Bleeding Edge is filled with 9/11 conspiracy theories, eccentric characters, and a wild alternative universe called the “Deep Web.” It is very Pynchon; the only difference is that this universe is found through computers and not through hallucinogens like some of his other books.
This was the most comprehensible Pynchon book to me. Probably because I was alive during 2001, I’ve lived in Manhattan, I am familiar with the techno-jargon, and I’ve at least heard of the exuberant tales of tech boom. For those that are worrying that Pynchon is becoming more accessible, fear not as Jonathan Lethem writes in his review:
Thomas Pynchon is 76, and his refusal to develop a late style is practically infuriating. The man’s wildly consistent: the only reason Bleeding Edge couldn’t have been published in 1973 is that the Internet, the Giuliani/Disney version of Times Square and the war on terror hadn’t come along yet. This book, and Inherent Vice, make jubilant pendants on his mammoth enterprise, neon signposts to themes he took no trouble to hide in the first place.
But in the deep web of this book, lurks a darker message. Bleeding Edge could not have been released at a more appropriate time. At its core there is a struggle between those who want to get lost on the Internet and those who want to find them.
In this book, a mysterious government agent declares his agency’s motto is, “No keystroke left behind.” (Their actual slogan is “Collect it all.”) While back IRL, we know that spooks can’t help but to use the national spying machine to snoop on their love interests and in Bleeding Edge, they have their own system called Facemask, which displays “the kind of merciless humor also to be found in high-school yearbooks.” Considering how the NSA director likes to play make-believe and pretend he’s on the Star Trek Enterprise, it wouldn’t surprise me if there was a Facemask.
Even though it’s set in 2001, Bleeding Edge is written with scars that have never quite healed. Even the term “Ground Zero” strikes a chord:
[…] “Ground Zero,” a Cold War term taken from the scenarios of nuclear war so popular in the early sixties. This was nowhere near a Soviet nuclear strike on downtown Manhattan, yet those who repeat “Ground Zero” over and over do so without shame or concern for etymology. The purpose is to get people cranked up in a certain way. Cranked up, scared, and helpless.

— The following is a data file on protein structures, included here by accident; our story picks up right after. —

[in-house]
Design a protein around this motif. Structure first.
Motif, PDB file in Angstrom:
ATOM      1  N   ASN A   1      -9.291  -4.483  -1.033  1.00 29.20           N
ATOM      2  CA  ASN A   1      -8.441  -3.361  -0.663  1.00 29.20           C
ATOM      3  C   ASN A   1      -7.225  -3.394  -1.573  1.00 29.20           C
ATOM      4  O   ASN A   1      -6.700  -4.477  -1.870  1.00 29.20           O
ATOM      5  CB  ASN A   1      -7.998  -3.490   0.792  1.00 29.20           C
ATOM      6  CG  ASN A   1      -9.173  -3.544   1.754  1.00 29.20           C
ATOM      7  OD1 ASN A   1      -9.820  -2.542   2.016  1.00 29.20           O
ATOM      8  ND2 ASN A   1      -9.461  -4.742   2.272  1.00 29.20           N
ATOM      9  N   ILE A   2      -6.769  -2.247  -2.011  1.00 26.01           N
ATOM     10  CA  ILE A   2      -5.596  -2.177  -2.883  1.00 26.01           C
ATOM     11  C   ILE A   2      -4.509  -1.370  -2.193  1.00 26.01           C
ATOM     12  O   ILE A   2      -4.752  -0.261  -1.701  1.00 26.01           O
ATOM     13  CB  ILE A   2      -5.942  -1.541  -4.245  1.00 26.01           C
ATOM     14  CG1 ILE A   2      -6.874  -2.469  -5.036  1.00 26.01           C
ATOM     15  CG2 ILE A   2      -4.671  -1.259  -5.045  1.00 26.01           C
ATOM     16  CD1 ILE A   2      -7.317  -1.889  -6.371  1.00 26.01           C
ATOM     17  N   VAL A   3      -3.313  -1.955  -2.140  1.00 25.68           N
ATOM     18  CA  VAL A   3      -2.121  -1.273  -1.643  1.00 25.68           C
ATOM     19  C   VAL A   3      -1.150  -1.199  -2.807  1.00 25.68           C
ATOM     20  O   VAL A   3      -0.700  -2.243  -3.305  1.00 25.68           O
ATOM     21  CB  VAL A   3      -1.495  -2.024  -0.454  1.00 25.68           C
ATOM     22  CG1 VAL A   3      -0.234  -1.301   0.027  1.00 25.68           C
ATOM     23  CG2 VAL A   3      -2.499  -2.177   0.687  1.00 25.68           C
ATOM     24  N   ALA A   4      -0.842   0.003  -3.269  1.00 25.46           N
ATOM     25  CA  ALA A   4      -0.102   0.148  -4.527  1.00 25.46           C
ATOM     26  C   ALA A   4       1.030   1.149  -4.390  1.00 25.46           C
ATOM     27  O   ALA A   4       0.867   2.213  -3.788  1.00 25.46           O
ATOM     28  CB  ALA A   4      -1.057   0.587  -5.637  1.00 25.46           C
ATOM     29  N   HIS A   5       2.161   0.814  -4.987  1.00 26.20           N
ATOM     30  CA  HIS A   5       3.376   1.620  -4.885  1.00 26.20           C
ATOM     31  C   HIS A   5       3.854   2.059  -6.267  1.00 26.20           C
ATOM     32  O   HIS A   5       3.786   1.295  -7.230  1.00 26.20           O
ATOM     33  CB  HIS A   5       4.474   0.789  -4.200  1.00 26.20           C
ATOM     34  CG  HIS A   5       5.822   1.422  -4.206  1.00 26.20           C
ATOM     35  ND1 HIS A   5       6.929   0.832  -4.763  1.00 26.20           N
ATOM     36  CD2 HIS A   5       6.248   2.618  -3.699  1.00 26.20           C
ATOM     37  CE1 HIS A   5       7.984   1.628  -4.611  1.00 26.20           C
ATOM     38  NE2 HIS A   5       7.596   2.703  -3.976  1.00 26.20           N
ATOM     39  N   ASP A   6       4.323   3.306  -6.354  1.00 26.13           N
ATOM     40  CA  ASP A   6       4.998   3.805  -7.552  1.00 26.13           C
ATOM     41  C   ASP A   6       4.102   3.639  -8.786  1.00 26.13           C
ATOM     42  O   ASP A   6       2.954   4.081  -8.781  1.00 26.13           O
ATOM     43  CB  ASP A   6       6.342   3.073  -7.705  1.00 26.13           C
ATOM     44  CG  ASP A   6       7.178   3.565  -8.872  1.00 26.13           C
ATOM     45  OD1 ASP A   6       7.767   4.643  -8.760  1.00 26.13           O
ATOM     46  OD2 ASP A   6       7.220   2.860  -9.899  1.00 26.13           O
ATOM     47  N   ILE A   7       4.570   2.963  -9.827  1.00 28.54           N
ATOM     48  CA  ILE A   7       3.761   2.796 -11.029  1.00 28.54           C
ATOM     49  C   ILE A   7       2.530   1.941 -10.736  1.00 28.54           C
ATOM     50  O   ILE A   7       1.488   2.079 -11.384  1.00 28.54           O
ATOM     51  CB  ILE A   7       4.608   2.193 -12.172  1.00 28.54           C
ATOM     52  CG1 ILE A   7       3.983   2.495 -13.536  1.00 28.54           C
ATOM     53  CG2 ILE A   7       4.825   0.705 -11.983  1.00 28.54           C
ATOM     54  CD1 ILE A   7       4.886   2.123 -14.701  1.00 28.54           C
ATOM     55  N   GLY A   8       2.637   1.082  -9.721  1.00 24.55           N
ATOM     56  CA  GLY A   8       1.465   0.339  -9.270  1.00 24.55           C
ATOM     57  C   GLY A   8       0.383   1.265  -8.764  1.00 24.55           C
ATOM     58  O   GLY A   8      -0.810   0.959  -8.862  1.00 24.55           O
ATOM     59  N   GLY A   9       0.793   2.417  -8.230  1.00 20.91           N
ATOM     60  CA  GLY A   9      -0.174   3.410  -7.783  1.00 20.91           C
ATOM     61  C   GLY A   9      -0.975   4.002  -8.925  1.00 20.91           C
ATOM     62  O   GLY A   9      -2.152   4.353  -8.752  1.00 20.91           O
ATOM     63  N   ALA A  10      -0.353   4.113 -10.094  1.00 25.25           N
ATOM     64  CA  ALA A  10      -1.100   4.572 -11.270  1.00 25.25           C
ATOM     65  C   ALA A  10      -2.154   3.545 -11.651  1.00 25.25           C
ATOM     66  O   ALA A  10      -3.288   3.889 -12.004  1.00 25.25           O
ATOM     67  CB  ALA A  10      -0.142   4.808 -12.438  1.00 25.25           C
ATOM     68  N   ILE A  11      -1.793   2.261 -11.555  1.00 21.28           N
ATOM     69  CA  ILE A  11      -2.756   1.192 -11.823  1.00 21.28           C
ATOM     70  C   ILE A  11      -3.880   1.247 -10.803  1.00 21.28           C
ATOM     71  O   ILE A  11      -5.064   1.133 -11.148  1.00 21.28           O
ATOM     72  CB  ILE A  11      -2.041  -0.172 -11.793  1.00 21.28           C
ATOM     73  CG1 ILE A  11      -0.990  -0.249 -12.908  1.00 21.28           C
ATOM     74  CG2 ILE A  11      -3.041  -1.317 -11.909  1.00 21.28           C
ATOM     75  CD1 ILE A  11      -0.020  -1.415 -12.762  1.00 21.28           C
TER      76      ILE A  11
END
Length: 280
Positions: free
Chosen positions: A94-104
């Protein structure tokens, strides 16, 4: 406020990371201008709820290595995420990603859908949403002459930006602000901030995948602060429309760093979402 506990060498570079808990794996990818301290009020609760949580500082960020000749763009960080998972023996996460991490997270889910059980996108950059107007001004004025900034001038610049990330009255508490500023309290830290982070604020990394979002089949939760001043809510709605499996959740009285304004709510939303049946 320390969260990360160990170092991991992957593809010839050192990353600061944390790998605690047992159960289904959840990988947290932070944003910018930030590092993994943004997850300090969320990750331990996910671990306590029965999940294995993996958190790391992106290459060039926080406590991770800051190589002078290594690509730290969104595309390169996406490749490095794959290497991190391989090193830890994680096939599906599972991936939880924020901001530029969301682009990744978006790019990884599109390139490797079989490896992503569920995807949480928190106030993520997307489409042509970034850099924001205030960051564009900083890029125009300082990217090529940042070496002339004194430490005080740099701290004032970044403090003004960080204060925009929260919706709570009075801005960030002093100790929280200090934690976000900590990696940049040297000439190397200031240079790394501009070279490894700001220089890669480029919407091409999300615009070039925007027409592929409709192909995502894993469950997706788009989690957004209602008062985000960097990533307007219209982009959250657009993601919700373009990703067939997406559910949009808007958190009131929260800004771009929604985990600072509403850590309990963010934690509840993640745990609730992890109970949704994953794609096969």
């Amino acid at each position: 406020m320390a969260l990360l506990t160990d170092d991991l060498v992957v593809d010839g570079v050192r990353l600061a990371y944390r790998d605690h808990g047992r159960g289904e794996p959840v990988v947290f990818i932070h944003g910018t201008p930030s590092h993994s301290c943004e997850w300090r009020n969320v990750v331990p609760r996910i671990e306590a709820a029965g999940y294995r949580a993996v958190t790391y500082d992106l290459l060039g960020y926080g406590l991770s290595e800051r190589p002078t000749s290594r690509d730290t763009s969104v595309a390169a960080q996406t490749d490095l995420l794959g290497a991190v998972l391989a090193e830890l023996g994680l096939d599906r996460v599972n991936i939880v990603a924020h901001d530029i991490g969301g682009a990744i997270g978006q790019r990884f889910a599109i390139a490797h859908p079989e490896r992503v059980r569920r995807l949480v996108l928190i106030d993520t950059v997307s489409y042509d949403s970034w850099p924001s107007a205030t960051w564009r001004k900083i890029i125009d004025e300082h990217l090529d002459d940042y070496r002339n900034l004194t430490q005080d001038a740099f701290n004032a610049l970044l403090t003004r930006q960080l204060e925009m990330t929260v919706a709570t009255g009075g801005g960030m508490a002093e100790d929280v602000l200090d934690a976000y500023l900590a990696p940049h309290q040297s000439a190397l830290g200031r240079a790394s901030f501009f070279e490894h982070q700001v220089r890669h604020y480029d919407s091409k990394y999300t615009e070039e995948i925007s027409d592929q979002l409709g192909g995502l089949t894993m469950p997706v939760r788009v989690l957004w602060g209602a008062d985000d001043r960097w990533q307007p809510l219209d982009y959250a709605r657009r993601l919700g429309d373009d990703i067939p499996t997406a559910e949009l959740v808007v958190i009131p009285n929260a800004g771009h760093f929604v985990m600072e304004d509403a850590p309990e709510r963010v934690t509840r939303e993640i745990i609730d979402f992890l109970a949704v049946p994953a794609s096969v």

Twelve years later and billions of dollars spent into wars and body scanners that don’t work, I agree with Pynchon’s statement:
The day was a terrible tragedy. But it isn’t the whole story. Can’t you feel it, how everybody’s regressing? 11 September infantilized this country. It had a chance to grow up, instead it chose to default back to childhood.
Pynchon’s one-liners are splattered throughout the book. He calls the war on terror “the war without end” and postulates that “there may be no accidents anymore, the Patriot Act may have outlawed them with everything else.”
The most powerful comment is on freedom on the Internet:
Call it freedom, it’s based on control. Everybody connected together, impossible anybody should get lost, ever again. Take the next step, connect it to these cell phones, you’ve got a total Web of surveillance, inescapable. You remember the comics in the Daily News? Dick Tracy’s wrist radio? it’ll be everywhere, the rubes’ll all be begging to wear one, handcuff of the future. What they dream about at the Pentagon, worldwide martial law.
Replace Pentagon with NSA and we have an incredibly accurate description of the NSA spying. Bleeding Edge is a great novel, one that still should be read twenty years from now. This book is about our digital life before our fear handed it over. But we can take it back. Thomas Pynchon chooses not be seen and is known as a recluse by the media. But that’s his choice. On today’s Internet, it’s hard to even have that choice. That’s why organizations like the Electronic Frontier Foundation and projects like Tor are important to me. These are the keys that unlock the handcuffs.